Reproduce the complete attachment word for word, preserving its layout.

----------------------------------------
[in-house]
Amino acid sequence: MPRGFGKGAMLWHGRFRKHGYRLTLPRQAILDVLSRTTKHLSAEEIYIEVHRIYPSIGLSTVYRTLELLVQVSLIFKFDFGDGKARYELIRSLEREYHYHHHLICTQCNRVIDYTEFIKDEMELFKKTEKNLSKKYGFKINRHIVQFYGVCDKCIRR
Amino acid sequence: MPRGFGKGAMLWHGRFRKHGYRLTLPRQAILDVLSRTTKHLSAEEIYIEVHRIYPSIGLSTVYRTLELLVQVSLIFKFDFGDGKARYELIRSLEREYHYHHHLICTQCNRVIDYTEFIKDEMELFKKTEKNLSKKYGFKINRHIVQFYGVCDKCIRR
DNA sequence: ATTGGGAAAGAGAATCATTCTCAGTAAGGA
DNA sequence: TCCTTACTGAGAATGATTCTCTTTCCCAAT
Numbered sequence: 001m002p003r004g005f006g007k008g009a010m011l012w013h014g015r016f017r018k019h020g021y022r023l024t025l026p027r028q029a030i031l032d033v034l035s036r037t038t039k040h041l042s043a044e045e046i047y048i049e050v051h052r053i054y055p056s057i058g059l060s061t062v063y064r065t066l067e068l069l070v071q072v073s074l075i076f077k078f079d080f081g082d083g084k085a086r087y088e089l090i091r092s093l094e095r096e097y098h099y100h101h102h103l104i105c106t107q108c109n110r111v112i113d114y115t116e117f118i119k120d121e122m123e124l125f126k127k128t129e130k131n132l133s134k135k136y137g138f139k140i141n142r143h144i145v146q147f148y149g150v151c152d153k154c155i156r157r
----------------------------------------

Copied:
[in-house]
Amino acid sequence: MPRGFGKGAMLWHGRFRKHGYRLTLPRQAILDVLSRTTKHLSAEEIYIEVHRIYPSIGLSTVYRTLELLVQVSLIFKFDFGDGKARYELIRSLEREYHYHHHLICTQCNRVIDYTEFIKDEMELFKKTEKNLSKKYGFKINRHIVQFYGVCDKCIRR
Amino acid sequence: MPRGFGKGAMLWHGRFRKHGYRLTLPRQAILDVLSRTTKHLSAEEIYIEVHRIYPSIGLSTVYRTLELLVQVSLIFKFDFGDGKARYELIRSLEREYHYHHHLICTQCNRVIDYTEFIKDEMELFKKTEKNLSKKYGFKINRHIVQFYGVCDKCIRR
DNA sequence: ATTGGGAAAGAGAATCATTCTCAGTAAGGA
DNA sequence: TCCTTACTGAGAATGATTCTCTTTCCCAAT
Numbered sequence: 001m002p003r004g005f006g007k008g009a010m011l012w013h014g015r016f017r018k019h020g021y022r023l024t025l026p027r028q029a030i031l032d033v034l035s036r037t038t039k040h041l042s043a044e045e046i047y048i049e050v051h052r053i054y055p056s057i058g059l060s061t062v063y064r065t066l067e068l069l070v071q072v073s074l075i076f077k078f079d080f081g082d083g084k085a086r087y088e089l090i091r092s093l094e095r096e097y098h099y100h101h102h103l104i105c106t107q108c109n110r111v112i113d114y115t116e117f118i119k120d121e122m123e124l125f126k127k128t129e130k131n132l133s134k135k136y137g138f139k140i141n142r143h144i145v146q147f148y149g150v151c152d153k154c155i156r157r